Patricia Beatty's historical novels and her engagement with feminism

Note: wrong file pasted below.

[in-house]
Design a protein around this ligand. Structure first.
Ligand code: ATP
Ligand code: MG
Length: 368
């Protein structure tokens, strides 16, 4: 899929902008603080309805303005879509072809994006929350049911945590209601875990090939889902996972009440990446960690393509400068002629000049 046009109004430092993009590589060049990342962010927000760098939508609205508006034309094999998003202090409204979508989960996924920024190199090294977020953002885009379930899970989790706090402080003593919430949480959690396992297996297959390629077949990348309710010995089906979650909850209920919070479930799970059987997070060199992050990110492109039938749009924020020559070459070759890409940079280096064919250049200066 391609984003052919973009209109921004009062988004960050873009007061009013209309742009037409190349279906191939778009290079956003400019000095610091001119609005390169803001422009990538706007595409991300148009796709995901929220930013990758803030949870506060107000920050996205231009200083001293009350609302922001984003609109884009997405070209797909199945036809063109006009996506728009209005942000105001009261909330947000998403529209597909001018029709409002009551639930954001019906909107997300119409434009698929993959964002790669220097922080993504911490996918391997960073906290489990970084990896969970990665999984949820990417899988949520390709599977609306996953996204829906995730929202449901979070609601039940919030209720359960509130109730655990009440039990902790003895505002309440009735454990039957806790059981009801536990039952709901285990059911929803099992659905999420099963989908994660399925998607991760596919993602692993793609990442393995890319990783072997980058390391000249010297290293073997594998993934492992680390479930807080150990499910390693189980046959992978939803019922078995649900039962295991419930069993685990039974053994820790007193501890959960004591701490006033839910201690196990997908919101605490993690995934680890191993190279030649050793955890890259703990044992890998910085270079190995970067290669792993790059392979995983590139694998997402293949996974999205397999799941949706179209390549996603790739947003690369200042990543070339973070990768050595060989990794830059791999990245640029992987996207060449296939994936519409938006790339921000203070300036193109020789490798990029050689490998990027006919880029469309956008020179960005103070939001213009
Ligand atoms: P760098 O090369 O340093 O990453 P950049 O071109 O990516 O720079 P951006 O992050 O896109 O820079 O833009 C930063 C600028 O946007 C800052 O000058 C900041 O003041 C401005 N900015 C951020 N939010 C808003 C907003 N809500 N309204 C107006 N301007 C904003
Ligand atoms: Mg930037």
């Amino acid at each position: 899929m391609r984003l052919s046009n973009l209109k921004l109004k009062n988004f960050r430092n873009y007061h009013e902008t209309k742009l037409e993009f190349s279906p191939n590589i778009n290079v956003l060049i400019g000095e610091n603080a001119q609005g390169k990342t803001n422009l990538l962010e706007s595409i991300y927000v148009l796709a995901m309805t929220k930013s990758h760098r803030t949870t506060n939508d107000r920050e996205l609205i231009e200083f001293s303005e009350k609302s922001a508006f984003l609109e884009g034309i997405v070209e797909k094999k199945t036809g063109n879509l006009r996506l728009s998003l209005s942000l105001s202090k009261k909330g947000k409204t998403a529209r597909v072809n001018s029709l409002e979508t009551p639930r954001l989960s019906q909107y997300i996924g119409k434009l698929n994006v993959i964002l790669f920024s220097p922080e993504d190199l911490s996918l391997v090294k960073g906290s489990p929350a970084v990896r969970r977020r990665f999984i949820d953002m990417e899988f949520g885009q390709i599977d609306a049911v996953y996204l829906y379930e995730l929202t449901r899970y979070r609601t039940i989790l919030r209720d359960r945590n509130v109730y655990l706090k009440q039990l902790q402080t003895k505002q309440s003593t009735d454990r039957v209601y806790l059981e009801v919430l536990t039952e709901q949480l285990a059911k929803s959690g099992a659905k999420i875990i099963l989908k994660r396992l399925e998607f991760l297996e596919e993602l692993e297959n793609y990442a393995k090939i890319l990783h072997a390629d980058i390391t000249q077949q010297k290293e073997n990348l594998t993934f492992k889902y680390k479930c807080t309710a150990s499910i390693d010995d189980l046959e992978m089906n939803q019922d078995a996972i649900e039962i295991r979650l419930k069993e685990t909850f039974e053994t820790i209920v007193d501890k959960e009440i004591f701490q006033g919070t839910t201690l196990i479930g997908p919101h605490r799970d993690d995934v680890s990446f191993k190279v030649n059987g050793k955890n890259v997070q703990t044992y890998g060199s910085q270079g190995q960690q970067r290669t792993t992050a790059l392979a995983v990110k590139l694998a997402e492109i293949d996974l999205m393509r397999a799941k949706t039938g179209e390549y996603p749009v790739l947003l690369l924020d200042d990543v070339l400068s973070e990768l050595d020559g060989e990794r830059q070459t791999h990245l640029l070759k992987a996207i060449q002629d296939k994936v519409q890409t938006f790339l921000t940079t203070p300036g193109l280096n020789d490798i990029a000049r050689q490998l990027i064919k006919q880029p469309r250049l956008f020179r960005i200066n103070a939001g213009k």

In this paper, I place Patricia Beatty's historical novels that feature girl protagonists in the context of the women's movement. I argue that Beatty, a self-identified feminist, writes into her novels a woman-centered history. In so doing, she was writing in the same tradition as women historians in the 1970s, who were challenging the absence of women from traditional historical narratives. In her novels set in the American West, she writes about women's domestic lives, their work, and their move toward independence and suffrage in the nineteenth century. In novels set in the Civil War and Reconstruction, she writes about the displacement of women mill workers in the South. She also addresses issues of prejudice and slavery. An analysis of the texts of Beatty's historical novels and her notes makes visible her attitudes and values toward feminism, which are based on the concept of equality rather than difference. Beatty's contribution to writing in women's history in her novels has largely been unrecognized, but her commitment to valuing the lives of women and the lives of others, who have been subjected to discrimination, cannot be doubted.
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